As many of you know, the L.A. area has always had a shortage of superheroes, who tend to congregate in the more vertically-oriented and subterranean East Coast towns. Even Tony Stark spent his first couple of decades on Long Island before relocating to the L.A. area.
So it’s refreshing that Supergirl has taken up residence in National City, a thinly-disguised version of Los Angeles. See the rapid bus in the background at right during a recent Kara Danver coffee run on behalf of her media website.
Here’s the thing. If, for example, a seven-stomached space blob descends from the heavens above and decides to munch on a subway train or rapid bus, we would certainly appreciate some assistance in heading off the potential service delay. In the two episodes thus far, Supergirl has saved a commercial jetliner, important bridge, the port, a Nat City ambulance and stood up to Sadie Stone from Nashville (that last one isn’t saying much).
Supergirl hasn’t save a single bus or train yet, which is usually a key component of any superhero’s portfolio. So here’s my advice: Kara Danvers/Supergirl should wander over to the nearest National City Metro station, grab a TAP card and get busy saving something like the Gold Line trestle over the Arroyo Seco or fighting a baddy in that big, empty ticket room at Union Station (nice light!). If a superhero wants to win over the masses, there’s no better way to start than saving mass transit and showing little girls how to use their first TAP card.
And if Supergirl needs any assistance or has any questions, she should feel free to contact me personally.
Speaking of superheroes on the Metro….
L.A.’s 7th Street Metro station: dysfunction junction (CityWatch LA)
Which train is it? A Blue Line train bound for Long Beach or Expo Line headed to Culver City? The signs on the trains say it’s both.
This is a complaint with which we’re not unfamiliar. I’ve asked our rail ops folks for a response.
Good coverage of the announcement last week that the project to convert the old Harbor Subdivision rail tracks to a walking and bike path got a $15 federal grant. That will help pay for a 6.4-mile segment between the Crenshaw/LAX Line, Harbor Transitway and the Blue Line with a later segment to connect the path to the L.A. River.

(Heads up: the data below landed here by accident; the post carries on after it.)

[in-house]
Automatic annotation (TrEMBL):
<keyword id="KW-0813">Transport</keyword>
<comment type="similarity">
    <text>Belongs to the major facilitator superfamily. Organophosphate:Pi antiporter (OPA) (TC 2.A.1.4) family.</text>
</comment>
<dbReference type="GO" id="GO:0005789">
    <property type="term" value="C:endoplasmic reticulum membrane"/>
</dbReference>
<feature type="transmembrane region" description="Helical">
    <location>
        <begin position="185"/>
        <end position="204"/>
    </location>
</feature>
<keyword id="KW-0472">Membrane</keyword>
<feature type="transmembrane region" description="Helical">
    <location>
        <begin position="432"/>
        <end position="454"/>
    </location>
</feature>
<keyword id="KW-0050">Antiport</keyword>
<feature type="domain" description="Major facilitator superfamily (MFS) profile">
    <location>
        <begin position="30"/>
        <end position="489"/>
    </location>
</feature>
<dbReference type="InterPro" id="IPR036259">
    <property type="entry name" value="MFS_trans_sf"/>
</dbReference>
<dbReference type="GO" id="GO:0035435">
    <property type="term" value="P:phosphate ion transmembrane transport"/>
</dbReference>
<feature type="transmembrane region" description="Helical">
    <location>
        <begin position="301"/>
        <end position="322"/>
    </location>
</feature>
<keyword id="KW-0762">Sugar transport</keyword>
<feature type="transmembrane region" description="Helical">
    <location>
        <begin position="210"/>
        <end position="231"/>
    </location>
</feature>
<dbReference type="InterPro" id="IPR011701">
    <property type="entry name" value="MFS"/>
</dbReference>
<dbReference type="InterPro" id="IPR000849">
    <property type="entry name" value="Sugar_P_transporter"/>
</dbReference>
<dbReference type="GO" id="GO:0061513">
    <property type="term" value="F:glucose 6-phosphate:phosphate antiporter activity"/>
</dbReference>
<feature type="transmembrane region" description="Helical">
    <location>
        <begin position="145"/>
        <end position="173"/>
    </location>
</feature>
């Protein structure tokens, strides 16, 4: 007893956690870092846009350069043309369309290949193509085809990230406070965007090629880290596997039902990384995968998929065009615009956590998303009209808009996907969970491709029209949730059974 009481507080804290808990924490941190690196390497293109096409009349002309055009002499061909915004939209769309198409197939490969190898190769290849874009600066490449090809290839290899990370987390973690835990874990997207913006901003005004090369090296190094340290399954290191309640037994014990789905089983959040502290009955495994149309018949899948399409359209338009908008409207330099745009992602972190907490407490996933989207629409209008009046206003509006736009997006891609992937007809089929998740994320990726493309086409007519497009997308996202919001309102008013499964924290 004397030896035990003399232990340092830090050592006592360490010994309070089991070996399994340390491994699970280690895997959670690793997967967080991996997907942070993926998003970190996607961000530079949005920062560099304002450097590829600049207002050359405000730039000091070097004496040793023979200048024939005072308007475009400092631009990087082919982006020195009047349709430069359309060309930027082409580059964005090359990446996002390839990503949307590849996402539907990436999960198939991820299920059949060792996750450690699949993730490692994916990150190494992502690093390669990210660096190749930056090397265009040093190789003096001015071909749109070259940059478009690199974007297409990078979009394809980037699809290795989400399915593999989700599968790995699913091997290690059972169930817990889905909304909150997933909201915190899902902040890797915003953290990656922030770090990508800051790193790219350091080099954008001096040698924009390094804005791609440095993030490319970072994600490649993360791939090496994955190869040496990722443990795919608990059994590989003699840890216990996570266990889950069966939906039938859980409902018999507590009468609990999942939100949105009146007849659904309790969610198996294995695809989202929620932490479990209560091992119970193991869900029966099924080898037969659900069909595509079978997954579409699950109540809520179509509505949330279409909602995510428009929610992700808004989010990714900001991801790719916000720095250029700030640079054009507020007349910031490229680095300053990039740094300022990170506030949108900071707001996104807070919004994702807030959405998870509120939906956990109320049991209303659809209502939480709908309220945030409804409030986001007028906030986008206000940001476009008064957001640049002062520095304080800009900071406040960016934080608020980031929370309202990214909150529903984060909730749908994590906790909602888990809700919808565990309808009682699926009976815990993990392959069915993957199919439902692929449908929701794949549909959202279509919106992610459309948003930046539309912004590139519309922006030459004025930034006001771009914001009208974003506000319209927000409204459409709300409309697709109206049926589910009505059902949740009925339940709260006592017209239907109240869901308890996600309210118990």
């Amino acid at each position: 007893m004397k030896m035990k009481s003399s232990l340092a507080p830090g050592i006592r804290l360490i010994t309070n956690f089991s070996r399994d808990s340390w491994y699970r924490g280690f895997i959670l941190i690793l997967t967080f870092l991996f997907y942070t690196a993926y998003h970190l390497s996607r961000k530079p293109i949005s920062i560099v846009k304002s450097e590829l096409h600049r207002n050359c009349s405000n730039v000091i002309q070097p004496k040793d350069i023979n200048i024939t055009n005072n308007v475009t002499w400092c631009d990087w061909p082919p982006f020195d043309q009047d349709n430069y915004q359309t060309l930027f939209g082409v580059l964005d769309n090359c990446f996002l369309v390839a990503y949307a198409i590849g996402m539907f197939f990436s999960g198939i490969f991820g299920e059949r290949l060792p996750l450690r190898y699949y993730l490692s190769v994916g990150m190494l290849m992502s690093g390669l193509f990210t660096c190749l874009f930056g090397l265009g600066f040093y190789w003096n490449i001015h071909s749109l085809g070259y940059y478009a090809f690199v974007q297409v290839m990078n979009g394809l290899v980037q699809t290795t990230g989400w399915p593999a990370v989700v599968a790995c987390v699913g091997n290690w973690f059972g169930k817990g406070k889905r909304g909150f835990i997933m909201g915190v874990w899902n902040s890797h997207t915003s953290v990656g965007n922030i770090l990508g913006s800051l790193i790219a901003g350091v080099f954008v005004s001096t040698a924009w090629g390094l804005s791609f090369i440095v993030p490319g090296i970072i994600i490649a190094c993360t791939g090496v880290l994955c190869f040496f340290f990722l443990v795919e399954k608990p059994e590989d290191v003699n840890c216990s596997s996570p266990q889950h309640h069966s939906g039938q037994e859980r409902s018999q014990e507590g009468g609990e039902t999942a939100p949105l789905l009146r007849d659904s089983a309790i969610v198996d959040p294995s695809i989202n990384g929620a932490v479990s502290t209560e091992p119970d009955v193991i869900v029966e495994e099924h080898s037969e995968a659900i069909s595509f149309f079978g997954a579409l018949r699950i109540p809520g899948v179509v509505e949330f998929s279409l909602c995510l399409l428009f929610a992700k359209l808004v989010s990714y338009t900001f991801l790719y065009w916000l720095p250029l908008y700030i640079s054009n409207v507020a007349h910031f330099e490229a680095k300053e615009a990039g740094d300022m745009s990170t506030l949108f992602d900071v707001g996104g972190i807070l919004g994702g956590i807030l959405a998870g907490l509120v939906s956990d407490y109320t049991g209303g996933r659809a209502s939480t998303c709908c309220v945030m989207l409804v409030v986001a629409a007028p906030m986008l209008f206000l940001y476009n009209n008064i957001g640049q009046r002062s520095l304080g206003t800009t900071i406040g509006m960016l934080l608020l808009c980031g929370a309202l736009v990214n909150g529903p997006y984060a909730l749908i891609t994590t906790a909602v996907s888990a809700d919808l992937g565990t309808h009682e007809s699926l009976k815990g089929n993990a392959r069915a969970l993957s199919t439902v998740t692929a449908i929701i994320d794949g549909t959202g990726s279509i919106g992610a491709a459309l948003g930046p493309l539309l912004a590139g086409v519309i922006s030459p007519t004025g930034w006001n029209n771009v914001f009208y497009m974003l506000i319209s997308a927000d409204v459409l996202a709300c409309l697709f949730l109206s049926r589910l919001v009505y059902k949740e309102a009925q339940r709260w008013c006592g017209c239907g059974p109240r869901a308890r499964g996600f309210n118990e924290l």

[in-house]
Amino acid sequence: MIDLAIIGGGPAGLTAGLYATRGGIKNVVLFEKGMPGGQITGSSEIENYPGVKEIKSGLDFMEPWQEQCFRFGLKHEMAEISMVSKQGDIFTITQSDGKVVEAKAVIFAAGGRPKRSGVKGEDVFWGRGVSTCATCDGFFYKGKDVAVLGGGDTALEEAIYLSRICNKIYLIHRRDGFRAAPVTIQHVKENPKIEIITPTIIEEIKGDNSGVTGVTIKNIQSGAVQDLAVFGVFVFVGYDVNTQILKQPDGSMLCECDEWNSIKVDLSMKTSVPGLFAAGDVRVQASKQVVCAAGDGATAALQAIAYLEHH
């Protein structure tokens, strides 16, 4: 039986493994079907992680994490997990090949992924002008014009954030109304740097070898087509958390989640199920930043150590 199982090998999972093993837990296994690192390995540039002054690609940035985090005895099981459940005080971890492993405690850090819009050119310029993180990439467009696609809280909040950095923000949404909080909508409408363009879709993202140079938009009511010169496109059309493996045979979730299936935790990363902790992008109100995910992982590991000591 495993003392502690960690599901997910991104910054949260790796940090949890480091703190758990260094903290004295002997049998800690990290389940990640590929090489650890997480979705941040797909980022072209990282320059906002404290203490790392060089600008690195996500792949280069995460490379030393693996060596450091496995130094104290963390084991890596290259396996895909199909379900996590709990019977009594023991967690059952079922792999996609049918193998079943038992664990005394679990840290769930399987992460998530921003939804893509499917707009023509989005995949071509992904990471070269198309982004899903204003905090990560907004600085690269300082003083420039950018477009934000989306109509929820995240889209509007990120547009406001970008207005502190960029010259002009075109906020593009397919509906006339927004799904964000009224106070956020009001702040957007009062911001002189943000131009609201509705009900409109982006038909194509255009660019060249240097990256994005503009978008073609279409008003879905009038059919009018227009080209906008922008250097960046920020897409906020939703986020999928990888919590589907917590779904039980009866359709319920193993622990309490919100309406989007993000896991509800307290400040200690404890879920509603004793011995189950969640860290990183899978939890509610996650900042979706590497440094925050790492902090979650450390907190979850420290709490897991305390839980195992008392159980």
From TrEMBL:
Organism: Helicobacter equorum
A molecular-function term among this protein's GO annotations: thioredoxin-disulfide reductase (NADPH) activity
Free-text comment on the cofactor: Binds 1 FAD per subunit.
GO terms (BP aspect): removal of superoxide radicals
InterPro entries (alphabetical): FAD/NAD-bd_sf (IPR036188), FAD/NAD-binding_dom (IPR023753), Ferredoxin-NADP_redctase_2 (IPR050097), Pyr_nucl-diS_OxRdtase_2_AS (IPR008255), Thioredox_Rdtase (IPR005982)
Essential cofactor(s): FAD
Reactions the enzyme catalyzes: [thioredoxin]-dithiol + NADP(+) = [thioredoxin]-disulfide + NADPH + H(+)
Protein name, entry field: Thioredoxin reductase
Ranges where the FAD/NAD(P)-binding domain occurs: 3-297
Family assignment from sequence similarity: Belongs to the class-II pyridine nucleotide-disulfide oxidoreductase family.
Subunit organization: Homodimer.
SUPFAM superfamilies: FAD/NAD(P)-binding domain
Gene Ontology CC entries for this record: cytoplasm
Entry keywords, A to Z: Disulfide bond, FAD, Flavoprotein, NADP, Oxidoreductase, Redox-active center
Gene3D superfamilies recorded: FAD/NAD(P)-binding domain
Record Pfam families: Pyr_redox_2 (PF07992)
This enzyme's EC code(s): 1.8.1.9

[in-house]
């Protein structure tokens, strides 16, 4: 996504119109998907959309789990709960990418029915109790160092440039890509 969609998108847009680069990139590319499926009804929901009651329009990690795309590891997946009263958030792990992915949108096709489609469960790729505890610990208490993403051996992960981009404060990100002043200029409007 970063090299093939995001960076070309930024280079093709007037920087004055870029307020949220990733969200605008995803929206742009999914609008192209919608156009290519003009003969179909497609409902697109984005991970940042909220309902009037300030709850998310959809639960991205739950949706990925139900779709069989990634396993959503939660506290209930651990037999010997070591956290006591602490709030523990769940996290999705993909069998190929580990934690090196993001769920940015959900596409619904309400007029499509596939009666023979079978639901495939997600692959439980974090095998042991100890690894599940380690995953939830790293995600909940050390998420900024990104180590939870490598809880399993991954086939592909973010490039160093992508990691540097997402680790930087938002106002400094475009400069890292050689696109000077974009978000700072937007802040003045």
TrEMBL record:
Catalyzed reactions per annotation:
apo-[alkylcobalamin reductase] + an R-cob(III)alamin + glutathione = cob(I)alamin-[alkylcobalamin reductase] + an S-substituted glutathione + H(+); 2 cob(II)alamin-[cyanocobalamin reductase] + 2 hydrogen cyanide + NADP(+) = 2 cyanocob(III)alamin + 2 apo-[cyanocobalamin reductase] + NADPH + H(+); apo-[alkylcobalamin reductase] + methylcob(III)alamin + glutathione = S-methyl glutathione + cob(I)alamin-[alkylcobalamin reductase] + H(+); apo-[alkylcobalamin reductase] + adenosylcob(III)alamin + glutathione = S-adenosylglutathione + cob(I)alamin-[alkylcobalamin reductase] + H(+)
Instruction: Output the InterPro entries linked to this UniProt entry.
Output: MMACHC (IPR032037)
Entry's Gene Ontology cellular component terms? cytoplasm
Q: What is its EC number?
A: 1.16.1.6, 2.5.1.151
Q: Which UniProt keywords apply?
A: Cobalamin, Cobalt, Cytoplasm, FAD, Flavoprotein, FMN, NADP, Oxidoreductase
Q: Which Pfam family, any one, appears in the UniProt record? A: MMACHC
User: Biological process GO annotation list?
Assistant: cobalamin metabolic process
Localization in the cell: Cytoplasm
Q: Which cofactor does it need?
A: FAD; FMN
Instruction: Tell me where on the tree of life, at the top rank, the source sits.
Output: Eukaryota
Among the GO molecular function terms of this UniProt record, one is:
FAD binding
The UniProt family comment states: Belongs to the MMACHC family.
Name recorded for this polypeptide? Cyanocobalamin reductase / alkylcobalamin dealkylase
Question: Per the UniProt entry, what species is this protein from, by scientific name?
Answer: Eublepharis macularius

Sahra Sulaiman writes that community engagement will be crucial to making this project a worthy one and lists some of the many challenges involved — including visibility.
More evidence that the gentrification of DTLA is picking up steam with the addition of a new transit-oriented-grocery (TOG). The upscale grocery will have 170 parking spaces and will deliver via bicycle.
Hard not to notice 1: the nice, wide sidewalks and excellent street lighting outside the store on 8th Street and Grand Avenue. Very different than much of the rest of DTLA.
Hard not to notice 2: the rents for the new luxury apartments built above the Whole Foods begin at $2,150, according to the eighth & grand website. The average household income for Metro bus riders is $14,876 and for rail riders $19,374, according to Metro’s latest customer survey, btw.
With city finances in better shape, a group is imploring city pols to drastically reduce the cost of parking tickets — which in recent times have been used to help fill depleted city coffers.
Good article on public policy. On the one hand, the fines are very steep, especially to low-income motorists. On the other hand, the L.A. Council recently gave initial approval to an ambitious (and presumably pricey) plan to add bus and bike lanes, has a Great Streets initiative and a variety of other transpo and planning needs. And that money has to come from somewhere unless the Magical Money Tree has been discovered.
Wonk out on this story from the Twin Cities that notes that ridership projections across the country have been slightly better this century than last. One difference: some agencies are thought to underestimate ridership, perhaps in order to later boast the project is more popular than initially thought.
The passage that caught my eye: that a planned rail line in the Twin Cities could deprive another future rail line of ridership (I’ve heard this theory applied to the Expo Line and the Purple Line — i.e. if they ever got too close, they would deprive each other of riders). Perhaps, if you believe there’s a finite percentage of people who will take transit. The other view: as you build more transit and saturate a community, the more riders it will attract because it’s so convenient to so many people.
If you don’t believe this, visit Manhattan/San Francisco East some time. In many parts of the borough, you’re just not that far a walk or bus ride or (these days) a bike ride from a subway station, thus the reason so many people take the subway. From the New York MTA’s new capital plan:
Recent How We Rolls:
Oct. 30: is The Force with mass transit?, a transit advocate — consumed by guilt — nonetheless buys a car, a commentary on the draft framework for Metro’s potential ballot measure.
Oct. 29: McDonald’s and the driving habits of Americans, to convert or not convert the Orange Line to rail and a great podcast on what keeps bridges from not falling down.
Oct. 28: bullet train officials say the project is on budget and on time, why transit is a tough sell in smaller cities, a really smart new bike.
Oct. 27: melting ice and record heat, Metro weighs Metrolink station relocation, 710 opposition at Board meeting, Chewbacca arrested in Ukraine.
Oct. 26: Can American reinvent its infrastructure? It has before.